Do You Know How to Identify Great Problem Solvers?

Do You Know How to Identify Great Problem Solvers?

29 June 2018

When your client presents a complex problem, what should you do? Solve it, of course.

In 2018, a Chinese food processing company based in Geneva, Switzerland, had a big challenge: finding and hiring lawyers with a deep knowledge of Chinese law and international corporate affairs. Not the easiest skills to find in Switzerland.

Not only did they want individuals with a bachelor’s degree from China and a master’s degree from either the United Kingdom or the United States, they also wanted professionals who specialised in corporate law, spoke Mandarin and English fluently, and were willing to relocate to Geneva—a lofty and challenging wish list.

So, how did their recruitment partner respond? By approaching every single detail to find a solution to their client’s problem.

This task, they realized, contained two distinct challenges: sourcing rare candidates and then convincing them to relocate and join the company. Addressing two challenges requires two solutions.

Solution 1: Sourcing

The team’s sourcing strategy for tracking down the right candidates included three tactics:

  1. Mapping the market of international law firms with a specialisation in Chinese markets and affairs
  2. Seeking referrals and recommendations from London-based Chinese lawyers’ networks
  3. Using both the team’s network and social media to actively target candidates with experience in large Chinese companies and an education and background in Europe

And that was the easy part.

Solution 2: Selling the Employer Story

Highly-sought-after candidates have unique motivations. It was up to the recruiting team to uncover and understand what these candidates aspire to and what they need. Why? So they could match their client’s assets as an employer to the desired candidates’ wish lists, creating a strong employee value proposition in the process.

They needed to sell a dream by way of a compelling story – one that shares how and why life will improve while working for their client. This naturally goes beyond compensation to include what the opportunity could mean for their careers and their lives.

By communicating this unique opportunity and selling its client’s brand story, the recruiting team, Badenoch + Clark Switzerland, succeeded in helping their client hire three top lawyers who all relocated to Geneva.

Why do organizations need problem-solvers?

Hiring employees with strong problem-solving skills, or people who excel at “working through details of a problem to reach a solution,” is imperative. Problem-solvers can revolutionize internal operations, identify and rectify risks, and successfully guide new product development.

“Organizations need people with problem-solving skills in nearly every type of role, no matter the level or the department,” says Christophe Duchatellier, Badenoch + Clark’s Global Head of Professional Recruitment.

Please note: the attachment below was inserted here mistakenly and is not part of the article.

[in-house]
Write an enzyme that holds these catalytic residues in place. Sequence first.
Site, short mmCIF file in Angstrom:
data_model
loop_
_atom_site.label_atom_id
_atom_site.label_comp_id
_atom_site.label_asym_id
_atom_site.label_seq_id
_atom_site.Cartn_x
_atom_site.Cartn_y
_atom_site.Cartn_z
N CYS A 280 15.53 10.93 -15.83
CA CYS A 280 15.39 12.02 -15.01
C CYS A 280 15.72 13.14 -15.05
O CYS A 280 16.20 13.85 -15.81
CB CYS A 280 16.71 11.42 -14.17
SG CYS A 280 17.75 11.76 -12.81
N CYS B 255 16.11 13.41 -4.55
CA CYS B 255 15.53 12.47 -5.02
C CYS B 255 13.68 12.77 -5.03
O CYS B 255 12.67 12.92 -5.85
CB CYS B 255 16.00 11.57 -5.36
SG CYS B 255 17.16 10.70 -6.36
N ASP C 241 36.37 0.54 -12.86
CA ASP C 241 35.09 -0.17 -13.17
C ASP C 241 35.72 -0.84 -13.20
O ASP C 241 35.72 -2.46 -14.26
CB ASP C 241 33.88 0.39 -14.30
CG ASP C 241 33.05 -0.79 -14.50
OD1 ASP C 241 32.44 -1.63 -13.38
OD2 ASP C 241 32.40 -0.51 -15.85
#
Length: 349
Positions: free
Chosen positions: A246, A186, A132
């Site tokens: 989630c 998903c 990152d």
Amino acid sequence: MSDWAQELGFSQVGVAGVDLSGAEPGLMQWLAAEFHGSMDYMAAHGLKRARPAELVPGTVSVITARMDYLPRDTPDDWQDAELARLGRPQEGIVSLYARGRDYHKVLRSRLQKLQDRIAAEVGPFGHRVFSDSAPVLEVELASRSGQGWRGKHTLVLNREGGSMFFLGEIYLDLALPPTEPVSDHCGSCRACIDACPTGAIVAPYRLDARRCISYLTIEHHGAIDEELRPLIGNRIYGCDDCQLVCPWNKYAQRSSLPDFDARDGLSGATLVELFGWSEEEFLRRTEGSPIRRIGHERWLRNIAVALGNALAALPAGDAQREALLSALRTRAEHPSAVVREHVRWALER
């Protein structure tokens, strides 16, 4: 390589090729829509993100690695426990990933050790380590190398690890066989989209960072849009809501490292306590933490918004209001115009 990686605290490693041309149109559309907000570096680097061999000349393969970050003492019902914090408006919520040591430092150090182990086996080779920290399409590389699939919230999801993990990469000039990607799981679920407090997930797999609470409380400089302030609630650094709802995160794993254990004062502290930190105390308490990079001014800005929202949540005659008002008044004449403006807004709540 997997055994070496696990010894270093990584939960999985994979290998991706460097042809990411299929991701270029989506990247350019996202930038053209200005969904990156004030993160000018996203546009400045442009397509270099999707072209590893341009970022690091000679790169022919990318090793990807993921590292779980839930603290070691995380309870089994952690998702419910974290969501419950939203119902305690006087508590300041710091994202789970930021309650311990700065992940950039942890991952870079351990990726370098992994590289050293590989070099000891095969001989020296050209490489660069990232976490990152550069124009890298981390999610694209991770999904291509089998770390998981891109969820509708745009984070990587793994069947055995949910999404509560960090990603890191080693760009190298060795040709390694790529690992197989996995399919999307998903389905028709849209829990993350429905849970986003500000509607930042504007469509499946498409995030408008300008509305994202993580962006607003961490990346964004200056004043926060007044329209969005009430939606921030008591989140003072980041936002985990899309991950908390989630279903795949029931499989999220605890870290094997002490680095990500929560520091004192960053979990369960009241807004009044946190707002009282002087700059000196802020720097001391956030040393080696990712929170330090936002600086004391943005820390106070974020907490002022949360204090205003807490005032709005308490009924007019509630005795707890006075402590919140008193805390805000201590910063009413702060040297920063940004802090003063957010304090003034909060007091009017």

How can you identify people with strong problem-solving skills?

This comes down to looking for related skills and asking the right questions. Consider people who demonstrate the following attributes:

  • Observation. Many problem-solvers aren’t just given problems to work through, they often identify or discover issues themselves due to their keen observation skills.
  • Curiosity. People who naturally ask questions and look for new and interesting ways to do things are more likely to solve problems through innovation.
  • Critical thinking. It’s one thing to notice a problem and another to see it as an opportunity to develop a better way.
  • Collaboration. When someone can work as part of a team and sincerely values others’ ideas, then they’re not only more likely to reach a creative solution, but they’ll also arrive there sooner than a single individual could.
  • Persistence. Solving problems usually isn’t a quick task or a simple fix. It often requires persistent trial-and-error.

“Problem solving is an essential soft skill—and not one you’ll be able to identify from a resume. Ask candidates to share a time when they struggled to solve a problem. How did they approach the challenge?” Duchatellier says. He also suggests offering a hypothetical situation relevant to your business, asking them to identify the issue and explain how they’d approach it.

Adding problem solvers to your team is essential to survival and growth. These are the people who turn your problems into new products or services, develop new policies or improve your operations.

Need help hiring problem solvers? It’s what we do. Our goal is to find the right person for your team—one who checks off all your requirements and fits with your culture. Contact us today to learn more about how we can work with you to develop your employer brand and hire great employees.